Not so long ago, a small group of Czech and American scientists met in New York City and discussed the ways and means through which scientific institutions and universities on both sides of the Atlantic are supported. It was a productive meeting, which led to the idea to establish an independent cultural organization whose aim would be to engage in advocacy in some areas of general interest. Such an organization would bring together scientists and artists, as well as personalities from public life, to address matters of science, education, healthcare, economics, and culture. This marked the beginning of the Comenius Academic Club, the sponsor of this journal.

The first conference of the Comenius Academic Club took place in June 2013 in New York City. The program included a mini-symposium on Jan Amos Komenský (Comenius) and a session on the evaluation and funding of science in the United States and some European countries. The meeting was also used as a venue for the opening of the exhibition “Millennial Heritage of Czech Currency.”

The conference generated a genuine interest on both sides of the Atlantic. Shortly thereafter, the decision was made to establish a multidisciplinary, peer-reviewed journal devoted to Euro-American civilization. The journal should address both current issues as well as history, which could contribute to a better understanding of the present.

It is a privilege and a great honor for me to introduce the first issue of “Comenius: Journal of Euro-American Civilization.” The editors hope that the journal, which will come out biannually, will not only inform of our similarities and differences, but also that it will contribute to the selection of better options.

In this issue, you will find the content arranged in three sections. Since this is the introductory issue, the first part is devoted to the life and work of the world-famous Czech philosopher, thinker, and educator, Jan Amos Komenský (Comenius), whose name we have borrowed. Jaroslav Pánek of the Czech Academy of Sciences summarizes the legacy of Comenius for humankind. Petr Vorel of the University of Pardubice sheds light on and documents the use of images of Comenius on Czechoslovak and Czech banknotes and Eva Semotanová of the Czech Academy of Sciences leads us into the Comenian world of European geography.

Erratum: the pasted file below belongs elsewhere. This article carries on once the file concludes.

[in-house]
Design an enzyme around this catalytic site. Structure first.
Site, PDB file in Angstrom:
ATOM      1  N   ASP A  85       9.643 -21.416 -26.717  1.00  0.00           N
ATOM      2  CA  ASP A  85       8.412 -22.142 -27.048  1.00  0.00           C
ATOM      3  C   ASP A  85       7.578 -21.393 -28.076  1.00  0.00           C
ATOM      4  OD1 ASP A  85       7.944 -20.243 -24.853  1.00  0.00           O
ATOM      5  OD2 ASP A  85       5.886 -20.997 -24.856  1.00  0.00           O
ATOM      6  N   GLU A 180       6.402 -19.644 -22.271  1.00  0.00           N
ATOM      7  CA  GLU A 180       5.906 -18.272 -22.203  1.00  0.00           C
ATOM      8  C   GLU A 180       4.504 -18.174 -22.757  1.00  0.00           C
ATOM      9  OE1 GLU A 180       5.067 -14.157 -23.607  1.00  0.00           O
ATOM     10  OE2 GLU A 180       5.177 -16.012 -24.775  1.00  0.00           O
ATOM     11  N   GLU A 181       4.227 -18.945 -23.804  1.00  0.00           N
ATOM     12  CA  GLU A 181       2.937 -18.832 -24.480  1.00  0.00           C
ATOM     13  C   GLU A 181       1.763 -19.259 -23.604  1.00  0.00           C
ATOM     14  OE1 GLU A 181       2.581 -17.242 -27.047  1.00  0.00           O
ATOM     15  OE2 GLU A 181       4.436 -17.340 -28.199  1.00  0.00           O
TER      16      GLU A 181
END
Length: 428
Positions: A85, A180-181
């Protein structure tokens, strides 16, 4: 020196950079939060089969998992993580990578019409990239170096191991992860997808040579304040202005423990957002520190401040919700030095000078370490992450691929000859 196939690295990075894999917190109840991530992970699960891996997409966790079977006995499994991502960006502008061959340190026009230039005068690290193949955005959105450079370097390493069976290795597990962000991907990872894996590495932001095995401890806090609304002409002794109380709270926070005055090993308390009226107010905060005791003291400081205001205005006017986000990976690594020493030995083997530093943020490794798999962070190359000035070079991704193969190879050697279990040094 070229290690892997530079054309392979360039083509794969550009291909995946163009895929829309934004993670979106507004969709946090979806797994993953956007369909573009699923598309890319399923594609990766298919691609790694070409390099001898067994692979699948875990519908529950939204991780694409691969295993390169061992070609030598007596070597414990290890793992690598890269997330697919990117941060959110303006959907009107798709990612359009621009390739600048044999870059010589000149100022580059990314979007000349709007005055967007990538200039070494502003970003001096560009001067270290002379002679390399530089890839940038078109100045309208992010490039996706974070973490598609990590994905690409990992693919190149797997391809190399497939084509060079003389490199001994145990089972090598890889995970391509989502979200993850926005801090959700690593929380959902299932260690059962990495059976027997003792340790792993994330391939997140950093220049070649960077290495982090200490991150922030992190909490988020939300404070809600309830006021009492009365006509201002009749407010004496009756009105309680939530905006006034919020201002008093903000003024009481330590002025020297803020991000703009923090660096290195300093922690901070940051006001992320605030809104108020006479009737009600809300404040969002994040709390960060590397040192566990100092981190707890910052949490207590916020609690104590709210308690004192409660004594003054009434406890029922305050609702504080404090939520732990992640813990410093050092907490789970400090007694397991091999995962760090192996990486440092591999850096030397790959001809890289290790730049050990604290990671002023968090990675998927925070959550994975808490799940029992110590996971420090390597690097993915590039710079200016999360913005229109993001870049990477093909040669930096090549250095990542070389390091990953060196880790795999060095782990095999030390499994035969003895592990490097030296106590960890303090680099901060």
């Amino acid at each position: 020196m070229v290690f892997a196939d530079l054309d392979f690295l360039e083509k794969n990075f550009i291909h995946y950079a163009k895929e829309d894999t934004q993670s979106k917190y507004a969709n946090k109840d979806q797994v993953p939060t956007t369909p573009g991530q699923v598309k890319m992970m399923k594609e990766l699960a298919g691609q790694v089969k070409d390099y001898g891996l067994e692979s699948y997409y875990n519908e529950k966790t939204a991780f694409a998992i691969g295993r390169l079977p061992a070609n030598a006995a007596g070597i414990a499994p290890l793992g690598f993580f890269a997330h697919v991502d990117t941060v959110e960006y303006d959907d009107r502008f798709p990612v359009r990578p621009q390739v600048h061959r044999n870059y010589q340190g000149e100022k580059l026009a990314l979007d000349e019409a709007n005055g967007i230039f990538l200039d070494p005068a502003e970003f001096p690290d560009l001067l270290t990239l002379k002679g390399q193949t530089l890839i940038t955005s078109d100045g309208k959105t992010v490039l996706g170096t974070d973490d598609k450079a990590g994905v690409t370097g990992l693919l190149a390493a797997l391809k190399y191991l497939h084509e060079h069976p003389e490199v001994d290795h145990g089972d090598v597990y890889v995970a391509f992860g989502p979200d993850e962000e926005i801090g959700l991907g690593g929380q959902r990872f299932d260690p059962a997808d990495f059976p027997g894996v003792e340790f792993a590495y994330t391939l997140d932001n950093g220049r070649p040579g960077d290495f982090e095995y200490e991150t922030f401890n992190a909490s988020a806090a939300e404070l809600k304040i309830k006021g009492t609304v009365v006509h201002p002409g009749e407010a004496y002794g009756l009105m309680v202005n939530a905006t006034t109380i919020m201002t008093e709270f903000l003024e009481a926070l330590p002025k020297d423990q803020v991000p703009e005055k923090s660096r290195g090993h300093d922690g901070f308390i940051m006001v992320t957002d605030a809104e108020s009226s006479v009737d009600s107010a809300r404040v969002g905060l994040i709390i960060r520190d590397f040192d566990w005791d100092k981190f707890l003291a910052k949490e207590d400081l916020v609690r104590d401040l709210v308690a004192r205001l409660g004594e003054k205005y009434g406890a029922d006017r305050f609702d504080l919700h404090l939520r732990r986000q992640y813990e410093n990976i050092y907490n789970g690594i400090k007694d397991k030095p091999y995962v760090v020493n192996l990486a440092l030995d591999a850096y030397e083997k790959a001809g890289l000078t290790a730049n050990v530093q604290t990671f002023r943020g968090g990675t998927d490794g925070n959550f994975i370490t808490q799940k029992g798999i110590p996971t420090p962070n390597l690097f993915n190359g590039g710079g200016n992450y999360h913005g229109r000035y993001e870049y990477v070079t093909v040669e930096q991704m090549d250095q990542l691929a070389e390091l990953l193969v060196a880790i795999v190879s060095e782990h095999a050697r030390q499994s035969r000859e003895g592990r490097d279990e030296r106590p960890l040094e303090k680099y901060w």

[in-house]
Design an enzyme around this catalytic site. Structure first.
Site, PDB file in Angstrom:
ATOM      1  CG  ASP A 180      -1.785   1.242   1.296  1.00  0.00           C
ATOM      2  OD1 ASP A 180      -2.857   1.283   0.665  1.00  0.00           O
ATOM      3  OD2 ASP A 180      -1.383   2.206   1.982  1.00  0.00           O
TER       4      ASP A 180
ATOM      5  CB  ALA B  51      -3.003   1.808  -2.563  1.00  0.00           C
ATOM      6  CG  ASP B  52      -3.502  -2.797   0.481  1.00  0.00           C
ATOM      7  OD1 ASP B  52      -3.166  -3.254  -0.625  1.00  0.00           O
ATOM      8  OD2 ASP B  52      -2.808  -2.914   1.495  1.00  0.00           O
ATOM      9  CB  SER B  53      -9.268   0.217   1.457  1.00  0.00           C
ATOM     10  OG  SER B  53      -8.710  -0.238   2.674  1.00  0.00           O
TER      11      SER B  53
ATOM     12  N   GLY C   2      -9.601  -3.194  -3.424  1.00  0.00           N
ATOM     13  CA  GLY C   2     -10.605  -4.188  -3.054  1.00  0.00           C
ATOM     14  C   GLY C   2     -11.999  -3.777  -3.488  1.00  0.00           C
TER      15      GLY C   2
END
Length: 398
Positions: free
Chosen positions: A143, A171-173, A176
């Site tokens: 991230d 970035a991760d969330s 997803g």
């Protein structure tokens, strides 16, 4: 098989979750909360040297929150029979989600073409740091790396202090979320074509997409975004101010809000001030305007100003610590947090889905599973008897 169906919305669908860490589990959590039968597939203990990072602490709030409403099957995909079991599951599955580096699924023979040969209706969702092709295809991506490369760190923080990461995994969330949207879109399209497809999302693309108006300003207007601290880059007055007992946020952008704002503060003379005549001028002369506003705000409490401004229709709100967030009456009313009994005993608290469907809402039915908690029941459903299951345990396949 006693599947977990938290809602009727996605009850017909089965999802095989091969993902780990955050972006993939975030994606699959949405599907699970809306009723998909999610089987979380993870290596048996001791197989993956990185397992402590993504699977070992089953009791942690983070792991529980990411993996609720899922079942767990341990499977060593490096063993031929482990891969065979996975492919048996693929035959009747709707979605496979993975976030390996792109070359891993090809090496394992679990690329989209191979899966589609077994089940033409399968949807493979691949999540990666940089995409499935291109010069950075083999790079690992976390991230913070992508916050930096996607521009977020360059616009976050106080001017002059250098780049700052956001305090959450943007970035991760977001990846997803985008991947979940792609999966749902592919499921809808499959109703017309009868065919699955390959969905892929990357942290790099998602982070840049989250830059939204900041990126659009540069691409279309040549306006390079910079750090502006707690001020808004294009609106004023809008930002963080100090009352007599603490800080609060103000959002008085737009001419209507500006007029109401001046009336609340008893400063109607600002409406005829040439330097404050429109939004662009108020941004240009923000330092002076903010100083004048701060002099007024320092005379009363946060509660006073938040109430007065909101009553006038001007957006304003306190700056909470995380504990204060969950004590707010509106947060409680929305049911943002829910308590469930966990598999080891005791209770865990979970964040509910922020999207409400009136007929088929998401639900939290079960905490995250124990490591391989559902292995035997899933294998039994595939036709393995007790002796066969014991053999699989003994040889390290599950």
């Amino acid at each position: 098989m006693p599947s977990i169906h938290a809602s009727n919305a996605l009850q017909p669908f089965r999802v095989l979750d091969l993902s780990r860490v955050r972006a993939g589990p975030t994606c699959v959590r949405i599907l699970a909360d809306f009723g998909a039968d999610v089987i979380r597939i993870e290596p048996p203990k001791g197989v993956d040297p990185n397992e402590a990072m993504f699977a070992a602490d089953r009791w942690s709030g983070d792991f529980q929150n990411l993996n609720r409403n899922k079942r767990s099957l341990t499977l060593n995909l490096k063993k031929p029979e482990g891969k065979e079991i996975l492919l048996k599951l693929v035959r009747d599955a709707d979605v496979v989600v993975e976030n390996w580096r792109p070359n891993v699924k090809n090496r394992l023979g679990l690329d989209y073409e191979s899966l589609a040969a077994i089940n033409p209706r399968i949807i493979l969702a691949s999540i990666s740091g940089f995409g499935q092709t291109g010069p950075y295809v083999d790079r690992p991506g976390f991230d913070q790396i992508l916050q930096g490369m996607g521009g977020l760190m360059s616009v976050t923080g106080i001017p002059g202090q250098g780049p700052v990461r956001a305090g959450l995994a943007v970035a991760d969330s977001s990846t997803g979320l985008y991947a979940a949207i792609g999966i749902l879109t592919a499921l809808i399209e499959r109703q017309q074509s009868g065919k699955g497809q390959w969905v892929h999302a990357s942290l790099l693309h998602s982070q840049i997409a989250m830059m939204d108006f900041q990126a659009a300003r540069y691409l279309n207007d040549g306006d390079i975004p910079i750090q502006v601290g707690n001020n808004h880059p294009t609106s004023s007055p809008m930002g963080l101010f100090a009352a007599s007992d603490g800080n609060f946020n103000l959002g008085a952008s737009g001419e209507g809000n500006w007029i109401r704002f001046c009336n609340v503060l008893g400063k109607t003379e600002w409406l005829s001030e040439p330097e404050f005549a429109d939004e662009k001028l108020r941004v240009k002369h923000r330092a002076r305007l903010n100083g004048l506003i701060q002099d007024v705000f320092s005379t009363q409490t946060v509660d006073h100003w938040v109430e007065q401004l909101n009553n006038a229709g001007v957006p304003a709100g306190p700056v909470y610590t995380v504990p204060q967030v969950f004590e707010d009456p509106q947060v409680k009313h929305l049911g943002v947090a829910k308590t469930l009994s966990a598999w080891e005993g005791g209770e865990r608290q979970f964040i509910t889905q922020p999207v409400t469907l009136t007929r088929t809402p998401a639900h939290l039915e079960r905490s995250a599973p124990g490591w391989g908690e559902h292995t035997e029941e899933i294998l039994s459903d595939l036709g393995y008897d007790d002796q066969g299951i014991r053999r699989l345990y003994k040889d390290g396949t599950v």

The second part reflects in part the discussion of the evaluation and funding of science at the 2013 Comenius conference. Jiří Málek of the Czech government’s Committee on Research, Development, and Innovation introduces the new system of scientific evaluation in the Czech Republic. Slavoj Czesaný of the Economics University in Prague compares research funding and performance in the Czech Republic with that of other European countries. Juraj Iványi of Kings College London briefly introduces the methodology used by funding bodies in the United Kingdom and John Lehman of East Carolina University, together with Michael Prystowsky of the Albert Einstein College of Medicine describes the evaluation process of biomedical research in the United States.

In the final section of the journal, you will find reviews of three recently published books dealing with civilizational issues that cut across disciplinary boundaries.

It is my hope that you will find this volume informative as well as thought-provoking.

Francis D. Raška Editor